A good general spending card for miles is the Citi PremierMiles Visa Card. It has a simple enough concept - you earn 1.2 miles for every dollar you spend in Singapore and 2 miles for every dollar spent overseas (in a foreign currency).

There is an annual fee of $192.60, but you get 10,000 miles in return.

The DBS Altitude has the exact same miles-per-dollar rate, but it waives its annual fee of $192.60 for those who spend more than $2,000 a month or $25,000 a year.

It also offers 3 miles for every dollar spent on online travel bookings.

Another good travel card, especially for more affluent spenders, is the UOB PRVI Miles American Express credit card, which offers 1.4 miles per dollar spent locally and 2.4 miles per S$1 spent overseas.

It also offers a bonus of 20,000 loyalty miles every year with at least $50,000 of spending on the card.

What do you spend on most?

Some cards offer better cashback rates or more airmiles for certain types of spending, so it pays to study your spending patterns before diving in.

It doesn't have to be an in-depth investigation. Just ask yourself: Do you spend a lot on groceries? Do you often go to department stores? Do you spend a lot online? Roughly mapping out how you spend your money can help you figure out which cards to get, because certain cards offer especially good perks when you spend at certain merchants.

For example, the OCBC Plus! credit card is a good one for people who buy groceries frequently - it offers rebates of up to 12 per cent at NTUC FairPrice, which you can redeem at the cashier when making a purchase.

If you plan to use your card mostly on shopping instead, you could consider the Citi Rewards Visa card, which gives you 4 air miles for every dollar spent on shopping - clothes, shoes and bags or anything bought at a department store - whether online or offline.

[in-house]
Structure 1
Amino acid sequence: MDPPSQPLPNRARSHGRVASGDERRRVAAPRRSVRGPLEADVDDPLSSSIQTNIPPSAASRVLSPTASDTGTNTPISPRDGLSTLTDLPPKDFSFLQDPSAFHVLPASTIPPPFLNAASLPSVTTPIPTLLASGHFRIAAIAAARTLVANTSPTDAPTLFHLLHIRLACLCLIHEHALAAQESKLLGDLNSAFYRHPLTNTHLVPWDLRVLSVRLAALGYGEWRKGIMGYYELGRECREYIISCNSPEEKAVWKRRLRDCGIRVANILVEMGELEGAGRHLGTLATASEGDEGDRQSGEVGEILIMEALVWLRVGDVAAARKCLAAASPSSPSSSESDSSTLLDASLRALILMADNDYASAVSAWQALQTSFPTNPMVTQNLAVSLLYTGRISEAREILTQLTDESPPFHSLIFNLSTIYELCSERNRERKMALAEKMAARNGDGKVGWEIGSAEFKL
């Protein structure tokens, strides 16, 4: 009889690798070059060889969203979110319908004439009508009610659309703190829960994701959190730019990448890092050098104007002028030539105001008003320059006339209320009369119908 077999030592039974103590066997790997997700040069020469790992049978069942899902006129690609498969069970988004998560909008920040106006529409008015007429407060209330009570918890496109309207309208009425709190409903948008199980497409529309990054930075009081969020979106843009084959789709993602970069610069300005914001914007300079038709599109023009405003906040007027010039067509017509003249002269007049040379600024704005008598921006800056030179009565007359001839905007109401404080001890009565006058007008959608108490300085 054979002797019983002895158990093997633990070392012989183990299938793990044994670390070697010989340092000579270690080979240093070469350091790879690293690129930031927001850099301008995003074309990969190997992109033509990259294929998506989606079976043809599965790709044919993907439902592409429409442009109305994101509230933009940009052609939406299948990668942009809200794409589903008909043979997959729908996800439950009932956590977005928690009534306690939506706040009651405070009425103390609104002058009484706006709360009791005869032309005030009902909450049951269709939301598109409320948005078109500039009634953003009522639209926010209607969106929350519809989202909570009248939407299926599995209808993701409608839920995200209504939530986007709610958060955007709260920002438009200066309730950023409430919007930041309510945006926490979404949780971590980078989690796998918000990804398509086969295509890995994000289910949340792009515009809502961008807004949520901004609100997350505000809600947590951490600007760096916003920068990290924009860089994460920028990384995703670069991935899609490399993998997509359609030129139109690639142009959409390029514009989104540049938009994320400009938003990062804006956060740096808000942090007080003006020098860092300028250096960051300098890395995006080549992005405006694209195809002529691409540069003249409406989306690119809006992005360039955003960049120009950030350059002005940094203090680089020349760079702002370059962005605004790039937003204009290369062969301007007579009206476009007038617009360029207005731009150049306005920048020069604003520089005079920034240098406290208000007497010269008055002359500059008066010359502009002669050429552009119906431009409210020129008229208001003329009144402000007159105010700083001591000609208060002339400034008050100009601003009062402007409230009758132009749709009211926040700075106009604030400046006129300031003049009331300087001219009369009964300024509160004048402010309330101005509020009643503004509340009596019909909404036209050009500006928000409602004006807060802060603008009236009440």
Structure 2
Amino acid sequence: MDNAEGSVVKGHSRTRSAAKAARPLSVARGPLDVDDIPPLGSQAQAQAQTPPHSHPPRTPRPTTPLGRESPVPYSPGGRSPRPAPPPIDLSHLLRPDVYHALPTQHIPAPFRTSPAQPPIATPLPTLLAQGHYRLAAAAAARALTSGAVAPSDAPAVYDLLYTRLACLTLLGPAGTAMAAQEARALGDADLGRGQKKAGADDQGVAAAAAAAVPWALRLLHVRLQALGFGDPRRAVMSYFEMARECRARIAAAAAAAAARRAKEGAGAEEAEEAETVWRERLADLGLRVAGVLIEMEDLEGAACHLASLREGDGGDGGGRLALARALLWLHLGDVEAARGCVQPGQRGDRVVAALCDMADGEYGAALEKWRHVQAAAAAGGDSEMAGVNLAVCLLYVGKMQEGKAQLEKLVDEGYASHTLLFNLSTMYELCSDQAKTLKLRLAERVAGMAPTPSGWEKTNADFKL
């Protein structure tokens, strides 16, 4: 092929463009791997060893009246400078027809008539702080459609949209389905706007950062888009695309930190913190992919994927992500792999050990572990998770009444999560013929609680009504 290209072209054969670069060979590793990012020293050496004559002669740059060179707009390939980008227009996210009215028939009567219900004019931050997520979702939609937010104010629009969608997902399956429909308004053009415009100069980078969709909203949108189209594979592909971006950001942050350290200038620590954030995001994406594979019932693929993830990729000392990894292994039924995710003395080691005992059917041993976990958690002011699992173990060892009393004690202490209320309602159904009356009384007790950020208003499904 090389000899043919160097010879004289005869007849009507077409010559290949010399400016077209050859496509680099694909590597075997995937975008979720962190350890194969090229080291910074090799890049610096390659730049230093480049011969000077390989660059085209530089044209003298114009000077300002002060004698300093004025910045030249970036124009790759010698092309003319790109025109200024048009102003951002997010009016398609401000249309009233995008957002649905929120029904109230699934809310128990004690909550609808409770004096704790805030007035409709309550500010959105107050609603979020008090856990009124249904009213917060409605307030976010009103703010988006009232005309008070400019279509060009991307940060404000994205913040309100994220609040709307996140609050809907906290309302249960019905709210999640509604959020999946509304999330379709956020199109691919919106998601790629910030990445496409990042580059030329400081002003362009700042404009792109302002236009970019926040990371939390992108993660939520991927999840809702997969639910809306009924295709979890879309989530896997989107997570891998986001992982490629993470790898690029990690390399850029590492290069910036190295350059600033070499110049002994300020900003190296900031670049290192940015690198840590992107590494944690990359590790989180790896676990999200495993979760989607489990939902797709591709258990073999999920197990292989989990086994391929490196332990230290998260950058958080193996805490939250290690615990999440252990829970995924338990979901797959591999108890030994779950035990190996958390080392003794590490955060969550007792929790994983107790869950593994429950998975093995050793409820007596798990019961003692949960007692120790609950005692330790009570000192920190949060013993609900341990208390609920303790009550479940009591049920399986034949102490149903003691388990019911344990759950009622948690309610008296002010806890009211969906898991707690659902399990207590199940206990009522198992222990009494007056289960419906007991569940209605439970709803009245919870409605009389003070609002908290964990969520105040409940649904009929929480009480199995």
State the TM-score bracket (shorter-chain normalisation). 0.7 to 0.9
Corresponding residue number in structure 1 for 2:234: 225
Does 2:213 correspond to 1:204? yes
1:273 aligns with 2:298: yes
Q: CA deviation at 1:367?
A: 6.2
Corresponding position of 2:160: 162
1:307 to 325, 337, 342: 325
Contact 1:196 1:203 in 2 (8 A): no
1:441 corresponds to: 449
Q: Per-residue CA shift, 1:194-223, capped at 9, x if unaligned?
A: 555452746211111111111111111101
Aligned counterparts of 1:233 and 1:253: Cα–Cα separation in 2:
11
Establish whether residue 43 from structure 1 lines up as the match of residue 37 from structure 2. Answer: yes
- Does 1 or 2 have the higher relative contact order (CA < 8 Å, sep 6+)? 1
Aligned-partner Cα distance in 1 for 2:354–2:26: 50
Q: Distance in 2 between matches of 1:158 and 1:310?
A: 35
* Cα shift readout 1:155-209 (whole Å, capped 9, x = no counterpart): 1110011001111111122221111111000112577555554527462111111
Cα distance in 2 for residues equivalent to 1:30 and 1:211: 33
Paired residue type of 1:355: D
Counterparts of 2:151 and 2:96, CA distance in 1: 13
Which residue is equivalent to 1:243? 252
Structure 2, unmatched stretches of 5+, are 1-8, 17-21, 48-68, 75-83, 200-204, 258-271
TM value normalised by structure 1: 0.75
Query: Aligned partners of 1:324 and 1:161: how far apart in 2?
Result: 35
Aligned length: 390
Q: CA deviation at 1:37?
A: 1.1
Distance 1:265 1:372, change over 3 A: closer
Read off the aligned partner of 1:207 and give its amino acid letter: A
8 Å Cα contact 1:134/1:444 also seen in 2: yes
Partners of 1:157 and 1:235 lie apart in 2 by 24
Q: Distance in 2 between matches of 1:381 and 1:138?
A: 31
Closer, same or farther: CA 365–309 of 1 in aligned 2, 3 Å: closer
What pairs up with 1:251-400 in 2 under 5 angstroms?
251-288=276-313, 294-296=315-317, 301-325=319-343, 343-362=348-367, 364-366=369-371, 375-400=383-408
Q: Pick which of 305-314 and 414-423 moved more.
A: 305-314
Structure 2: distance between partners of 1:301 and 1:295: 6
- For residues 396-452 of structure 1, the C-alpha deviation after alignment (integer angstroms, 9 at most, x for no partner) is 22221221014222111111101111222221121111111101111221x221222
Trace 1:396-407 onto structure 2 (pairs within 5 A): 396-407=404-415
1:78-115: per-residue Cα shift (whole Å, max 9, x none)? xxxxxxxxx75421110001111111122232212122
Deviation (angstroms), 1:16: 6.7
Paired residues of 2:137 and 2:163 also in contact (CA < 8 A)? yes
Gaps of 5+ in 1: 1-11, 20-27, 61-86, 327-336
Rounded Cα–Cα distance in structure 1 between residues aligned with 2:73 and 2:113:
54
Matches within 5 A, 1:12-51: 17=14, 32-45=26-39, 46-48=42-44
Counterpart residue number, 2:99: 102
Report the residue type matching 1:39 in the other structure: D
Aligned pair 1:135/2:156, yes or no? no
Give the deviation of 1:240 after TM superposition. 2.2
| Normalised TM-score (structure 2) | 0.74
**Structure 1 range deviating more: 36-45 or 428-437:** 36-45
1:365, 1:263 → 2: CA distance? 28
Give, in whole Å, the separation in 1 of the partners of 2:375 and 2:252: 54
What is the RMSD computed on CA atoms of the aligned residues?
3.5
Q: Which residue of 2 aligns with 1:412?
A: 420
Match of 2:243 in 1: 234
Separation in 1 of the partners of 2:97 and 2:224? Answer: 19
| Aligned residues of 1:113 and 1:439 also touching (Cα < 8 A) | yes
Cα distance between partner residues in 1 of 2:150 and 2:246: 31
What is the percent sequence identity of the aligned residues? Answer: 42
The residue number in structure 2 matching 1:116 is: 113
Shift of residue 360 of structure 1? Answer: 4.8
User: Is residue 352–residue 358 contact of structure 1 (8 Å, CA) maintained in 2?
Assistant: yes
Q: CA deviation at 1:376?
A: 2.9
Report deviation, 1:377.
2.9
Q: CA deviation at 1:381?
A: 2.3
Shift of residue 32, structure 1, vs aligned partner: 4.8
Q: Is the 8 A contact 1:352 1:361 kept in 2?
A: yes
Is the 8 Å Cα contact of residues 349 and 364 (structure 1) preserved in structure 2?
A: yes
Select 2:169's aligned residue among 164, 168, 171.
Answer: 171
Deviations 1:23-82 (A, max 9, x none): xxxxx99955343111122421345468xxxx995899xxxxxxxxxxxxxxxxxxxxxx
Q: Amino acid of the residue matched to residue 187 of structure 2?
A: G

If you spend a lot of money online, and not just on clothes, shoes and bags, there is also the DBS Woman's Card, which offers 4 miles per dollar spent online, including for items such as air tickets and movie tickets.

The HSBC Revolution Card is a miles card that offers two miles on online spending (shopping and travel bookings), dining, and entertainment.

HSBC Revolution is also a very cheap card to use: its annual fee of $160.50 is waived for the first two years, and subsequently waived for those who maintain an annual expenditure of just $12,500 on the card.

Cards for dining

Even more than travel, Singaporeans love to indulge in food, and there is a plethora of credit cards here that target foodies.

One of the best in the market is the Citi Cash Back Card, which offers 8 per cent rebates on dining, including food deliveries via FoodPanda.

Another is the CIMB Visa Signature Card, which provides 10 per cent cashback on dining expenses, though this is capped at $60 a month and requires a monthly spend of $500 and at least eight monthly transactions worth $30 each.

The UOB YOLO card, targeted at millennials but with no age limit for applicants, offers up to 8 per cent rebates on dining and entertainment, up to a $60 cap, as well as complimentary nightlife perks, such as one-for-one drink specials and priority queue at the best clubs in Singapore.

The American Express Platinum card, targeted at wealthy individuals, offers up to 50 per cent off your dining bill at certain restaurants, as well as exclusive privileges and invitations to Michelin-starred guest chef dinners.

Even if you don't have a card that specialise in offering dining rebates, you could still enjoy dining perks as banks tend to tie up with restaurants to offer discounts for all their cardholders.

For example, Citi has a programme in which every month, an award-winning overseas chef will collaborate with a top Singapore-based restaurant to create a one-time bespoke menu. Citi cardmembers get to enjoy these meals at a special discounted price.